Friday, December 24, 2010

Rare Exports

Merry Christmas, readers.

I don't have much time to spend on this today - I've still got brothers and parents to Christmas-shop for and right around four hours to do it and wrap them before another brother arrives to bring me to Maine (because it's not cold enough for me in Boston, I've got to head north).

Still, a tight schedule seems fitting. That's how it arrived in theaters, with Oscilloscope Labs purchasing the movie at September's Fantastic Fest and then getting it turned around for a December release, trying to fit a horror movie into boutique houses' tight awards-season slates. It was originally scheduled to open up last weekend, but wound up being pushed five days to the 22nd, leaving Bostonians not a lot of time to see it pre-Christmas, and I'm not sure what sort of shelf-life it has beyond that. Landmark's schedule doesn't show anything else opening in Kendall Square until 7 January, but I wouldn't be surprised if there's not some schedule reshuffling before then, maybe knocking this down to one show a day at 9:30pm.

It's a good movie, and if you think there's even the slightest chance you'll enjoy a Finnish demonic Santa movie, see it while you can. Heck, even if you don't, I imagine there will be something rather satisfying about it if Christmas leaves you feeling run-down.

Rare Exports

* * * ½ (out of four)
Seen 23 December 2010 at Landmark Kendall Square #4 (first-run)

Rare Exports appears to be the third go-round that Finnish director Jalmari Helander and his brother Juuso have had with this basic idea, with the previous iterations apparently being punchline-driven shorts. This one, on the other hand, is a horror movie that puts its Christmas theme out front-and-center. And, maybe surprisingly, it's a good one, taking a potentially jokey concept and getting legitimate thrills.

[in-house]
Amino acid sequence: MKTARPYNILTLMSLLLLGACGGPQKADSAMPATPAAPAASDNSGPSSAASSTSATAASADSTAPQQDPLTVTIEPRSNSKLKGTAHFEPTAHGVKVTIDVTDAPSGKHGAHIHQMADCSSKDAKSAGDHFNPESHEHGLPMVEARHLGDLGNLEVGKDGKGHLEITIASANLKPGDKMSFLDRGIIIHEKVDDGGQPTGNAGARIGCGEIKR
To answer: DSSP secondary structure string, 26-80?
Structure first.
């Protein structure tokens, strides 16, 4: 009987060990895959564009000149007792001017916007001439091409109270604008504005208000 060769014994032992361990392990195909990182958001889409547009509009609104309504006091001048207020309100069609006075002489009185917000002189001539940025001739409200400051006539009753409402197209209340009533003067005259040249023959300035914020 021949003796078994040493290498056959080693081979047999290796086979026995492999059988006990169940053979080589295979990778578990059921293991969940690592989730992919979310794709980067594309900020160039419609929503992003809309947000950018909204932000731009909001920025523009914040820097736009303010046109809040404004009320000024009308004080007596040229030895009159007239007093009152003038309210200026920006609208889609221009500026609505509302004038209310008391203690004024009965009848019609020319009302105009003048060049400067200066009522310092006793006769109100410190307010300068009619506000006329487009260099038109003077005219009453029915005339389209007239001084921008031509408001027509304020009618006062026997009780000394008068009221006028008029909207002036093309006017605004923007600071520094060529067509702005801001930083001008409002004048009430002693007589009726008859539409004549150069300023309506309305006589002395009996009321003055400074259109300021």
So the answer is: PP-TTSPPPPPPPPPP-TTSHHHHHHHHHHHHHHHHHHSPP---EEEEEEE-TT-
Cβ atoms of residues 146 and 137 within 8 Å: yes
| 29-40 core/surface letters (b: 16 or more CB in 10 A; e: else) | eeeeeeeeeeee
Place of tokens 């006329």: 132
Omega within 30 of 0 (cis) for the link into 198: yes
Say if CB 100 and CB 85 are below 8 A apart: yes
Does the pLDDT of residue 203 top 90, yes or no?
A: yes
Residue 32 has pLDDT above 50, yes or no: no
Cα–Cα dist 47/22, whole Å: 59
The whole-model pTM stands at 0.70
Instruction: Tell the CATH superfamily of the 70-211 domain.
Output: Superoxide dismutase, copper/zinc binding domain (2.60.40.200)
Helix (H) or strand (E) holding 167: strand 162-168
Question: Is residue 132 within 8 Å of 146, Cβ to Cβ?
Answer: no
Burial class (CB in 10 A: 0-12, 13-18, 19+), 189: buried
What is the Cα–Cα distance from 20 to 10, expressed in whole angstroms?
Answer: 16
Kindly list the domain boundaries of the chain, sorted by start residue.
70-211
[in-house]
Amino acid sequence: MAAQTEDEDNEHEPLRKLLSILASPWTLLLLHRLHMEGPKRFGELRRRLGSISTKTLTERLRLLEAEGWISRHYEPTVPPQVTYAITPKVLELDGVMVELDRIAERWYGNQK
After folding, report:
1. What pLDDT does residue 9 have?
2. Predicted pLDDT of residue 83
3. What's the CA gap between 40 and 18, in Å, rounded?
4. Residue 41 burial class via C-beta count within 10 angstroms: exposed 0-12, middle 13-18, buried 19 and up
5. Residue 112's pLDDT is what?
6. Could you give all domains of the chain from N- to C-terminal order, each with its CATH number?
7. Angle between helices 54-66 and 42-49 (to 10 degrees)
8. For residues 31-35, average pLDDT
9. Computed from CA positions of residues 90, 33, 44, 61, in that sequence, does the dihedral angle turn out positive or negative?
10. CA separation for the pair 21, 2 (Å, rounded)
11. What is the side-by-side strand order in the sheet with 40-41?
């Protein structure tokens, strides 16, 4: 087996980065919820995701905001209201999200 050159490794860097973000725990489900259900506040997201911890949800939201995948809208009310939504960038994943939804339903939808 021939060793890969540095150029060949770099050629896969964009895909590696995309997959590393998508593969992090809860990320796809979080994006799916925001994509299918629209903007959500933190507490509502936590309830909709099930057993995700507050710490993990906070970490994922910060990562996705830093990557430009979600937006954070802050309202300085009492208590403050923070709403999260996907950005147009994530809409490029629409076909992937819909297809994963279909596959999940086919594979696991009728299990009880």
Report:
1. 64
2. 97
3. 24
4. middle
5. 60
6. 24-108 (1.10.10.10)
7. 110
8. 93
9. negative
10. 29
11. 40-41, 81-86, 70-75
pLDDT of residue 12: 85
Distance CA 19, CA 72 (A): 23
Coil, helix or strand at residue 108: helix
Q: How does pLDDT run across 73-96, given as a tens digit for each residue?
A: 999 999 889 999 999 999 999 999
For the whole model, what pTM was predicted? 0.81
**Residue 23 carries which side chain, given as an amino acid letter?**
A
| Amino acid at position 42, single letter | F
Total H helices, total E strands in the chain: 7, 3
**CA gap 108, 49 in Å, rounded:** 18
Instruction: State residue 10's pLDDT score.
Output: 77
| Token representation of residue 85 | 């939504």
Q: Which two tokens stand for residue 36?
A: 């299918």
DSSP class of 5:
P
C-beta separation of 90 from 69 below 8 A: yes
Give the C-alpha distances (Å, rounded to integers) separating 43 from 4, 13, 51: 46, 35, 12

It's December, and an American company is doing excavation work in the Korvatunturi mountains just on the Russian side of the Russo-Finnish border. Whatever they're doing, it's having an effect - something has decimated the local reindeer population, which the small village on the Finnish side depends upon. Pietari (Onni Tommila), a kid who sneaked into the drill site with his friend Juuso (Ilmari Järvenpää), thinks he knows what's up - the Americans have found the tomb of Santa Claus, who before Coca-Cola got hold of him was a monster who punished bad children until the Sami people trapped him in the ice and buried the ice under a mountain. Ridiculous, except that any number of crazy things are happening on Christmas Eve, and Pietari's father Rauno (Jorma Tommila) has caught a gaunt, feral, old man (Peeter Jakobi) in his wolf trap. Rauno, Juuso's father Aimo (Tommi Korpela), and their friend Piiparinen (Rauno Juvonen) think they can ransom this find off for the value of the reindeer, but...

The Helanders' version of Santa Claus owes as much to the Krampus as Sinterklaas or Saint Nicholas, and they do a pretty fantastic job of building their mythology. Aside from amalgamating Santa and his beastly sidekick, they do a nice job of positing more sinister explanations for various other Christmas traditions, from gingerbread to strings of lights, and they do it without having to come out and say "this is why people really do this thing". It's smooth and all the more clever for it. Some bits are delightfully morbid, black comedy so dark that one might forget to laugh.

Full review at EFC.

No comments: